PDA

View Full Version : Gateway 400 Series BIOS



bettablue
October 6th, 2012, 11:51 AM
OK, Here's the situation. My Tweener is a 1997 Gateway 400 series Pll running a 233 Mhz processor, 128 Megs of RAM, dual 40 Gig hard drives, internal DVD reader/Writer, internal 100 Meg Zip disk, 3.5" 1.44 Meg floppy and 5.25" 360K DDSD IBM floppy drive. (I think that's about it.)

The problem I'm running into is that although the computer runs everything I've thrown at it so far, DOS apps included, the system BIOS will only allow the use of 1 floppy drive at a time in the machine. Most of the time, I need the 3.5 1.44 Meg drive, so I leave things alone, but there are times I need to use the 5.25 360K drive; which means shutting the computer off, unplugging power, disconnecting the 3.5" floppy and connecting the 5.25, then during bootup, reconfigure the BIOS to recognize the correct drive. When I'm done with the 5.25" drive, I have to reverse the entire process so I can go back to using the 3.5" drive again.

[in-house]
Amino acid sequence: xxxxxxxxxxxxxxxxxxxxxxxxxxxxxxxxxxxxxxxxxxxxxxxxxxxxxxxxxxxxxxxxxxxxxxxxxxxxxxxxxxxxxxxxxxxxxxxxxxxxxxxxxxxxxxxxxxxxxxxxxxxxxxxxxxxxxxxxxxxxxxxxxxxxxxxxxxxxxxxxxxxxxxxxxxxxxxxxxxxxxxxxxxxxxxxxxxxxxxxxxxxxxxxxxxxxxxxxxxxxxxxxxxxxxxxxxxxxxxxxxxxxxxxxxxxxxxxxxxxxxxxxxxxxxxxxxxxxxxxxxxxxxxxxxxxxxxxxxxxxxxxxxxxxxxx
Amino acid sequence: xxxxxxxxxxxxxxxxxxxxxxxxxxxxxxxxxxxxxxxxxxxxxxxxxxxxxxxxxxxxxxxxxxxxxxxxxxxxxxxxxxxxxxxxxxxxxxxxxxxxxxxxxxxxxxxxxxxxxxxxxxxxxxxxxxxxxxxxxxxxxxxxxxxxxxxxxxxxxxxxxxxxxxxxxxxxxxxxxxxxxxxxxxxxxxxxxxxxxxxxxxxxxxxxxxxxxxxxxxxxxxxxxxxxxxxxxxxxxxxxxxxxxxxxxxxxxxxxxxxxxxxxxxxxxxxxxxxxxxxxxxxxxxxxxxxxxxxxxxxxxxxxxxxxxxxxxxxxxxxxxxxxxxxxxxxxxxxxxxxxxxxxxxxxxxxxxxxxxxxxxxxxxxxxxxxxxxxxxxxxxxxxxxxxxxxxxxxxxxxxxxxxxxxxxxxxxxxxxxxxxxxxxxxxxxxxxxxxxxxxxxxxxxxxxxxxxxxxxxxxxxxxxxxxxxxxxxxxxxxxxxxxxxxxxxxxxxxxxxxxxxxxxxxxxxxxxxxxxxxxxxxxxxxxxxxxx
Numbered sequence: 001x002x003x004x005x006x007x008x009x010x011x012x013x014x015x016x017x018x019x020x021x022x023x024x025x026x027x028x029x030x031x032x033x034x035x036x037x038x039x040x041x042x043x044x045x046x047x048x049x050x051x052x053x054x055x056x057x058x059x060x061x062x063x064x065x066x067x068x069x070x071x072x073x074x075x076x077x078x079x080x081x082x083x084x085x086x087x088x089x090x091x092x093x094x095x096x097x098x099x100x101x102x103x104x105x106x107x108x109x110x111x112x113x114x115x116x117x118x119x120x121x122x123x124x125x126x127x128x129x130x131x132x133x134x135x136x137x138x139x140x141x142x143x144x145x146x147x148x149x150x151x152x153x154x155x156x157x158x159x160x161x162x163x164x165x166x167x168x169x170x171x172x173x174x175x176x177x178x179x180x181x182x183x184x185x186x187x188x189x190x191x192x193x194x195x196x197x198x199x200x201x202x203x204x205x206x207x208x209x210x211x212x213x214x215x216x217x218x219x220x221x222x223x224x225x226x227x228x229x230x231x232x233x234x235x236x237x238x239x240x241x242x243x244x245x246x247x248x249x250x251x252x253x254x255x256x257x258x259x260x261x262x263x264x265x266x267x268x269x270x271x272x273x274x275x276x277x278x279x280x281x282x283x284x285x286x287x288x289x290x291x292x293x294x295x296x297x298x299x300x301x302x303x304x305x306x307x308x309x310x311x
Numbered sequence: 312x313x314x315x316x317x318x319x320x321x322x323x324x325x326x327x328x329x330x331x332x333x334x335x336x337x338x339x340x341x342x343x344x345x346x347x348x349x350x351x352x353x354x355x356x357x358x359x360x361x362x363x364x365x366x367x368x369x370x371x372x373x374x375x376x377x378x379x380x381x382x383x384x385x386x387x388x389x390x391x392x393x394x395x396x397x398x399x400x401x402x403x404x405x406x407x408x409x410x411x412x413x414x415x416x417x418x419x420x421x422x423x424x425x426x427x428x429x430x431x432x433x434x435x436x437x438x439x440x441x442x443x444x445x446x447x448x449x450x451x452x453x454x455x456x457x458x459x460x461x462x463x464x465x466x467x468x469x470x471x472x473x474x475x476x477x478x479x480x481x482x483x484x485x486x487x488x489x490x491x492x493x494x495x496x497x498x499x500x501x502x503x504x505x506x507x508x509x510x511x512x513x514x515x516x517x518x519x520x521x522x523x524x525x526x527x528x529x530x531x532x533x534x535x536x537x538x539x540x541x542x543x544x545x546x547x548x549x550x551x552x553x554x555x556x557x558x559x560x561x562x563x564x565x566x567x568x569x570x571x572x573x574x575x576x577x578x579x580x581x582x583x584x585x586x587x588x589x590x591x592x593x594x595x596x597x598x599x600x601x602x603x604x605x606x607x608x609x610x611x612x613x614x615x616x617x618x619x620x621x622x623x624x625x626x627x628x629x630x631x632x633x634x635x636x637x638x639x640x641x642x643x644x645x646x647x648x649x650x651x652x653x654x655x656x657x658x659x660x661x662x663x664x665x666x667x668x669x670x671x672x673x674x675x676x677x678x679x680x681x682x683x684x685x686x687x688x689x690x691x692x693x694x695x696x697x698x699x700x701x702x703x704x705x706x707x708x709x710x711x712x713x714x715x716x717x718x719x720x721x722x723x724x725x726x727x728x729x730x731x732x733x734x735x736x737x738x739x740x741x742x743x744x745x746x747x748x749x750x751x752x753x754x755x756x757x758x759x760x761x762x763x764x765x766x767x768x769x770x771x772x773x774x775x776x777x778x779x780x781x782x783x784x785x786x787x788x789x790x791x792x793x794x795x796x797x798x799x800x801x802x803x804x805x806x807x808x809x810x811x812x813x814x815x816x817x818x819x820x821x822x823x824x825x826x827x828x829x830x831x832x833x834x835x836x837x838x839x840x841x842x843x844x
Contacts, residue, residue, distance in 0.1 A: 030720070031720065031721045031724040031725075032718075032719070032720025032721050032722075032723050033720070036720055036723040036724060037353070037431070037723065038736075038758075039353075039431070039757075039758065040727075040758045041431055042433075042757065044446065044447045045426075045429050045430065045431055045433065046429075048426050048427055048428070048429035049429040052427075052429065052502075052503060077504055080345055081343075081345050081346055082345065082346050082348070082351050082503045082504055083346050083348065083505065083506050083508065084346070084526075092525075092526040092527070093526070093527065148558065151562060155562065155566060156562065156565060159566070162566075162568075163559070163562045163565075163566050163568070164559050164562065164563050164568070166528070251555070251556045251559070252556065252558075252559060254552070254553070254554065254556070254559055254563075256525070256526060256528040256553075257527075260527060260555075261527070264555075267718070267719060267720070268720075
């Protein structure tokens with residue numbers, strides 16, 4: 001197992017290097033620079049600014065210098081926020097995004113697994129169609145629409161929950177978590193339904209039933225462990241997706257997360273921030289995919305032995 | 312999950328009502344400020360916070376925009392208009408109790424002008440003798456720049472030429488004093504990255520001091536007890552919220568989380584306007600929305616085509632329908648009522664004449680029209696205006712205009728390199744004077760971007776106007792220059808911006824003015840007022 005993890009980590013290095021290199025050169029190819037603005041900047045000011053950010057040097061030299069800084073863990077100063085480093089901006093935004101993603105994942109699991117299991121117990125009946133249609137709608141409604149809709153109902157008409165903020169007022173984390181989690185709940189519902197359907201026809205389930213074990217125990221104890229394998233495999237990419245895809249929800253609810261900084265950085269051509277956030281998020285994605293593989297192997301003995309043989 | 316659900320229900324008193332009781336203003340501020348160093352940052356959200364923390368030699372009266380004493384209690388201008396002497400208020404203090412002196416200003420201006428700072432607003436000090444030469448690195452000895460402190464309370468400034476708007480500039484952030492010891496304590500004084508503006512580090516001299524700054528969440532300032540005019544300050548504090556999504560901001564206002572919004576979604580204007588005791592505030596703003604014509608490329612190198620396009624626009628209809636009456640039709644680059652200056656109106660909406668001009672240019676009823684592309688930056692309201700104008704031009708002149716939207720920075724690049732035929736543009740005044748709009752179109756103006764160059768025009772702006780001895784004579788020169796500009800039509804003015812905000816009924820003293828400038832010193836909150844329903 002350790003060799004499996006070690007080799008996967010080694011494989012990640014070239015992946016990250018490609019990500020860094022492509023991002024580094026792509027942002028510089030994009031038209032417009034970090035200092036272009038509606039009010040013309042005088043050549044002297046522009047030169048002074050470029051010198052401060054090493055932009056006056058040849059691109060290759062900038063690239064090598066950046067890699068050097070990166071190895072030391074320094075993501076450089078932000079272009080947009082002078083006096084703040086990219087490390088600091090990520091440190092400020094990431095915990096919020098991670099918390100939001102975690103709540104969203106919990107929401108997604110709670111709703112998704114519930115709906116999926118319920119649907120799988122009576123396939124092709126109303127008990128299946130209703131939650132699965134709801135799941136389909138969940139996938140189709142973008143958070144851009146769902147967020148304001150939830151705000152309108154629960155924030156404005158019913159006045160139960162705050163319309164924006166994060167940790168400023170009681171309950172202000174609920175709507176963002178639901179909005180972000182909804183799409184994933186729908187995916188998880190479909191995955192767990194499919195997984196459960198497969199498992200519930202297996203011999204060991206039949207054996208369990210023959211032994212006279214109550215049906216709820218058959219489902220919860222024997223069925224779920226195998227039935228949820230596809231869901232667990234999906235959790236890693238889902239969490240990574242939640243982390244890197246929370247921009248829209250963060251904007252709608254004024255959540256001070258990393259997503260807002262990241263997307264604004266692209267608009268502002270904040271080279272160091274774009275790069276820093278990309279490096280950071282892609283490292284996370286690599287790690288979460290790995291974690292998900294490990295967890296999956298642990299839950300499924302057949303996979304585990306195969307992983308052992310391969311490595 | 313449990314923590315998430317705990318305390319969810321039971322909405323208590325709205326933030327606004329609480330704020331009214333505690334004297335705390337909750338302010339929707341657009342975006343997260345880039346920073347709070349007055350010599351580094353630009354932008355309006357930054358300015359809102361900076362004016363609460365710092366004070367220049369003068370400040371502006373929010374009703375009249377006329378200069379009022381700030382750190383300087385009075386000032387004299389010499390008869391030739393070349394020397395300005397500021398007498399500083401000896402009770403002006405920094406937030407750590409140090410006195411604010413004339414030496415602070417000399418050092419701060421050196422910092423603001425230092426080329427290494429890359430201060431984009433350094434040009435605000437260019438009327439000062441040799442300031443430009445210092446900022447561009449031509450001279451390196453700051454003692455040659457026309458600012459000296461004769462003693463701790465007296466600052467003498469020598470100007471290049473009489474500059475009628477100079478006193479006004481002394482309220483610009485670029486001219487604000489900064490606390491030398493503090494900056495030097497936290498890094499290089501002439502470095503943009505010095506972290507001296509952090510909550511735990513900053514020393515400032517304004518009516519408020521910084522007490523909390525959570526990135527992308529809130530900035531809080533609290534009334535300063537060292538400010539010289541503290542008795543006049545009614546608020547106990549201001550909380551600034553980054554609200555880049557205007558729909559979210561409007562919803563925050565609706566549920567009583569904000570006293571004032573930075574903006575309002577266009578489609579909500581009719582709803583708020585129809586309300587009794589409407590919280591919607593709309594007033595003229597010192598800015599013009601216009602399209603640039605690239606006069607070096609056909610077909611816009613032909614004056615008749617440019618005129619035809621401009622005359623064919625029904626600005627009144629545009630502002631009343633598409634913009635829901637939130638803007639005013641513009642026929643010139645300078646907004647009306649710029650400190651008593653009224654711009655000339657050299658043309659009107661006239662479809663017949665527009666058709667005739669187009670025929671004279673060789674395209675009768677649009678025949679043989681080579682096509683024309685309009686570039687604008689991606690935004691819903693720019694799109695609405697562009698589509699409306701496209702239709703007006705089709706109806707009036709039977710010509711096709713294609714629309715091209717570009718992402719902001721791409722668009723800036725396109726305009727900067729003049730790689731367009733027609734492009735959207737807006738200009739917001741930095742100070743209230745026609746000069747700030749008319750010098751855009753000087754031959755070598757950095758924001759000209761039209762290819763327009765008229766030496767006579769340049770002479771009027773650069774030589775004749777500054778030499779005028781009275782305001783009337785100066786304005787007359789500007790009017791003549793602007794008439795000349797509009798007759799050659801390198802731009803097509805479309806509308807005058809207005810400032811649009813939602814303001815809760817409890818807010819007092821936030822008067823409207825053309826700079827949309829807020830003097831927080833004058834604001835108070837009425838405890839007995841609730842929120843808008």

Question: Do any of you know if Gateway had a BIOS update for the 400 series that would allow the computer to run with both floppy drives installed and at the same time? Or would you recommend using a different computer, possibly a 386, or 486 running Windows 3.1, or Windows 95? I've heard people mention system 7 mother boards, but I'm not familiar to anything prior to the Windows 95 computers I had access to. (Which is one of the primary reasons I had so much trouble getting started with my IBM 5150 and in these forums.) And, because of track width differences, I don't want to go with a combo drive that has a 3.5" 1.44 Meg, and 5.25 1.2Meg floppy drive all in one unit. The track widths are so different that these cause their owm problems when going from machine to machine.